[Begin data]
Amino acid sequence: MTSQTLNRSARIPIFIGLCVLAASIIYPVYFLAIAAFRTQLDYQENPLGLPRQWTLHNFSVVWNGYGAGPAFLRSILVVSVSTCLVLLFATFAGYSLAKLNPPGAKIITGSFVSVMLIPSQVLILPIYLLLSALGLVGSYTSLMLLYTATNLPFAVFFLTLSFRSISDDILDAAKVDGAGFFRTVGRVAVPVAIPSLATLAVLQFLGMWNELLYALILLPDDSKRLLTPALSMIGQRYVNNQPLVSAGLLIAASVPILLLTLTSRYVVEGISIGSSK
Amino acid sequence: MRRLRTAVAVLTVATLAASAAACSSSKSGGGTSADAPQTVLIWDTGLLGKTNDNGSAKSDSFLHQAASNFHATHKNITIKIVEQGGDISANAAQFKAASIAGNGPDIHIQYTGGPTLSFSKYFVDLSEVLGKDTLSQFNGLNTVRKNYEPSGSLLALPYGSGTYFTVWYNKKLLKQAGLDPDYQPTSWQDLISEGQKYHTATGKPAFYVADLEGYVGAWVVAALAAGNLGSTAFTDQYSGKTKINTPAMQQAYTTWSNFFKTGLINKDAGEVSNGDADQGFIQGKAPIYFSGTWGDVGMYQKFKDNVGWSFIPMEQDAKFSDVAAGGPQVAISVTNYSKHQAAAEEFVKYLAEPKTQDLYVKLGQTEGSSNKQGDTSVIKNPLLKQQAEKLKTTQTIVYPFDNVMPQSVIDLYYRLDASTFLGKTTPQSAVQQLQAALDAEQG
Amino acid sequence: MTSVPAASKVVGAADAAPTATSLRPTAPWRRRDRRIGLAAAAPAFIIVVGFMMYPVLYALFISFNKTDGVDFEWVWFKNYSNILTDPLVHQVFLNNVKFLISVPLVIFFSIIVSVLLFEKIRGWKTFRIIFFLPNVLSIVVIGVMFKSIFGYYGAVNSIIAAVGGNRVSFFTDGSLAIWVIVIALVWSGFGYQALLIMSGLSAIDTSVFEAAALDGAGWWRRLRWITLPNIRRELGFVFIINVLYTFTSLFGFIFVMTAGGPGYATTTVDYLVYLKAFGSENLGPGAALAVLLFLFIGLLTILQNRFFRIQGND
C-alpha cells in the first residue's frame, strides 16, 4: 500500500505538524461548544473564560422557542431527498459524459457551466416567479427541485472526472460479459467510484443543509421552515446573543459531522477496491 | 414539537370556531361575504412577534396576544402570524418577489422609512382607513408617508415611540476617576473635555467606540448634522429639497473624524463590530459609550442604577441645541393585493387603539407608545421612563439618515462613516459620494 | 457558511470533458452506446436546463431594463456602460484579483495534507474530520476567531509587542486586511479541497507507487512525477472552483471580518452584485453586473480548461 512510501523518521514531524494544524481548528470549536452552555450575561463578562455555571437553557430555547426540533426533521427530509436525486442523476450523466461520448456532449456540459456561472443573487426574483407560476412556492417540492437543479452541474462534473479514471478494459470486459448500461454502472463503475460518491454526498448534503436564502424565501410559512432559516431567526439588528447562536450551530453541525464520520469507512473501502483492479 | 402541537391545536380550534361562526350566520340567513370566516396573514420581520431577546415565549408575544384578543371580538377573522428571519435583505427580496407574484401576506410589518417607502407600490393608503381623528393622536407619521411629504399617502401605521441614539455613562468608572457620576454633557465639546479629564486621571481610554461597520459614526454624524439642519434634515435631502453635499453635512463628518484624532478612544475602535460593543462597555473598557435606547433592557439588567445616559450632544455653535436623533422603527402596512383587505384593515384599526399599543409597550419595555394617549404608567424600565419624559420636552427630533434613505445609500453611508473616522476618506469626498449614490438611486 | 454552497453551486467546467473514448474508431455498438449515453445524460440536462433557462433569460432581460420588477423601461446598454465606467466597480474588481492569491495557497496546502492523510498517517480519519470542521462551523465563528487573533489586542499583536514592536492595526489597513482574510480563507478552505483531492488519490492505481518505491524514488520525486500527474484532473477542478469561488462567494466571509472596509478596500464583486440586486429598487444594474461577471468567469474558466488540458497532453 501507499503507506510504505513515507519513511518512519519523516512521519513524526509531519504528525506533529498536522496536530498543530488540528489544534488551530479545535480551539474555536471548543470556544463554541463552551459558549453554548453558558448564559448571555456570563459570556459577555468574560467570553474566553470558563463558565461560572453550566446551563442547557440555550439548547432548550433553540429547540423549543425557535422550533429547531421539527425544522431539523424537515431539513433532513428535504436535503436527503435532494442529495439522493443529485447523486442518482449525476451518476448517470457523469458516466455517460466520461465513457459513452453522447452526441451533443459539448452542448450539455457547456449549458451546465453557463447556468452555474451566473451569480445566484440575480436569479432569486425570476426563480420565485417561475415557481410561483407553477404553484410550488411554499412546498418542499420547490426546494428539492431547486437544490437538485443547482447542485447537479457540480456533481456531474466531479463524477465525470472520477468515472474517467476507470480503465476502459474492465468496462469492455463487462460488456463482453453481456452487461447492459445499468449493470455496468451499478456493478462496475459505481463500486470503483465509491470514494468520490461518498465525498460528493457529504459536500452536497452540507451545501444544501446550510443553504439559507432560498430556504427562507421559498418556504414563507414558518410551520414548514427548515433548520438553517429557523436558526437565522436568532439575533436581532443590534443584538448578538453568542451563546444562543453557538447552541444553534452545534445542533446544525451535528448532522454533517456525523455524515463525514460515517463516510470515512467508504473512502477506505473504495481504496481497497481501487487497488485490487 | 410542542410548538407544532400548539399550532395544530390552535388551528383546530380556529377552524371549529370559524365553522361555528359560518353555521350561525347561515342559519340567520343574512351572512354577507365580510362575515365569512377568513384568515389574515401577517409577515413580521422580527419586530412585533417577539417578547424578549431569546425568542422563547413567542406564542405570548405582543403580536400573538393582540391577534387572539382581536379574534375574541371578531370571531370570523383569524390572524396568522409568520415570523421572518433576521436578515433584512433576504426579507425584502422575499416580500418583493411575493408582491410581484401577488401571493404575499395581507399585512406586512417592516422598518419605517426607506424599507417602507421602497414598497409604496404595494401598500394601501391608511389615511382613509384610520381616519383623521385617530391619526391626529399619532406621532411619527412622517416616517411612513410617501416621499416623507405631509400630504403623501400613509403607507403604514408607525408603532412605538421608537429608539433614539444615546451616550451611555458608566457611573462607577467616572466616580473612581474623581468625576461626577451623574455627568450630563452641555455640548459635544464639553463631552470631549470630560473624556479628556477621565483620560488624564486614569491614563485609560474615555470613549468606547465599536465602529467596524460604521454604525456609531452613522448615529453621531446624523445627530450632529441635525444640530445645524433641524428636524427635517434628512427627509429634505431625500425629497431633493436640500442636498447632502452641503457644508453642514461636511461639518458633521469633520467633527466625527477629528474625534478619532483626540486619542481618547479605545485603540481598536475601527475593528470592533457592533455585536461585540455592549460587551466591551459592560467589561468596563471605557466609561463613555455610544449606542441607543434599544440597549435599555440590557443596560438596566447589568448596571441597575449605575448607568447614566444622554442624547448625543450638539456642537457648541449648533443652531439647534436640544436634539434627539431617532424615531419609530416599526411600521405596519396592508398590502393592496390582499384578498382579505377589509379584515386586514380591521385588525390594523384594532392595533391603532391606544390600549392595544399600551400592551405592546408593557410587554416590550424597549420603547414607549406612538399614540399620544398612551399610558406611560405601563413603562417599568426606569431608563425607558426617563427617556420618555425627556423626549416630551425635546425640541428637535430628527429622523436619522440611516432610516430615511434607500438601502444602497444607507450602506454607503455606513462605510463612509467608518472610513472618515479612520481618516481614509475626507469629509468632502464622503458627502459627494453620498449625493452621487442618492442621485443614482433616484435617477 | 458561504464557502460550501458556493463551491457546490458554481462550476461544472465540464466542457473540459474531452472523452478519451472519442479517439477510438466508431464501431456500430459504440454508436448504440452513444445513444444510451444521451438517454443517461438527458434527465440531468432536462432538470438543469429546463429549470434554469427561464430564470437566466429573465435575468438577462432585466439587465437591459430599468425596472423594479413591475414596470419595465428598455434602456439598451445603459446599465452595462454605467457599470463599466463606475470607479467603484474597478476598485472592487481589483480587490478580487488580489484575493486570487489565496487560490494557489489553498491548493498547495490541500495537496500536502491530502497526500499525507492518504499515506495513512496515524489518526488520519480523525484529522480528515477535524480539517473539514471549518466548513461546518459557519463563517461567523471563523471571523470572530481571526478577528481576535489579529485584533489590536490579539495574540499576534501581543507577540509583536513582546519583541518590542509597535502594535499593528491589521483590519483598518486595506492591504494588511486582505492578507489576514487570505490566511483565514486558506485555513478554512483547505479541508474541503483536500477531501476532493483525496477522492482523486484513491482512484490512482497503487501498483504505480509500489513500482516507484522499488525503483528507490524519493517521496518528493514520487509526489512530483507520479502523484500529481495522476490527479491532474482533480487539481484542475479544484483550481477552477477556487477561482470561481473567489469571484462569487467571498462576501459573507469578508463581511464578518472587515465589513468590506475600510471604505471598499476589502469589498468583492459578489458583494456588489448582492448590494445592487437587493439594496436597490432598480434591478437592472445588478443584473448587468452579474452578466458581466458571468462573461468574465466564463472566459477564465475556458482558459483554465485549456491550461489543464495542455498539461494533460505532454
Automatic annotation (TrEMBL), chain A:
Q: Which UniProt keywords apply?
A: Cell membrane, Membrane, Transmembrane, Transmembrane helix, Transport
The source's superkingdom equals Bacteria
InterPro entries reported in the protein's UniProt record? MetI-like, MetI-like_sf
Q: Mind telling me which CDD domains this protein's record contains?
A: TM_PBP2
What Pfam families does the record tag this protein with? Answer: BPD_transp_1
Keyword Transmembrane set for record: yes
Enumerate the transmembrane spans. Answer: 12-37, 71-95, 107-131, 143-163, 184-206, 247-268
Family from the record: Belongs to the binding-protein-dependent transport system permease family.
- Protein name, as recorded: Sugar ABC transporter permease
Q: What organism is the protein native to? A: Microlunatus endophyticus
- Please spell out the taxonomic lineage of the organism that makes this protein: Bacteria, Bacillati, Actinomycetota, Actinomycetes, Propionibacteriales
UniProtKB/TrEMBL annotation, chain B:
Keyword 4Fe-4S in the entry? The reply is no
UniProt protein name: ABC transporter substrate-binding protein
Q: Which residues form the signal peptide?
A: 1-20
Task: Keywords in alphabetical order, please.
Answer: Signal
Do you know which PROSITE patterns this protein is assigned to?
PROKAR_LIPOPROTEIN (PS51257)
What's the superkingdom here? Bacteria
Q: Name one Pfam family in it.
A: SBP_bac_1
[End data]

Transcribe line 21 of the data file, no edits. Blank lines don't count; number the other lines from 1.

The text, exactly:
UniProt protein name: ABC transporter substrate-binding protein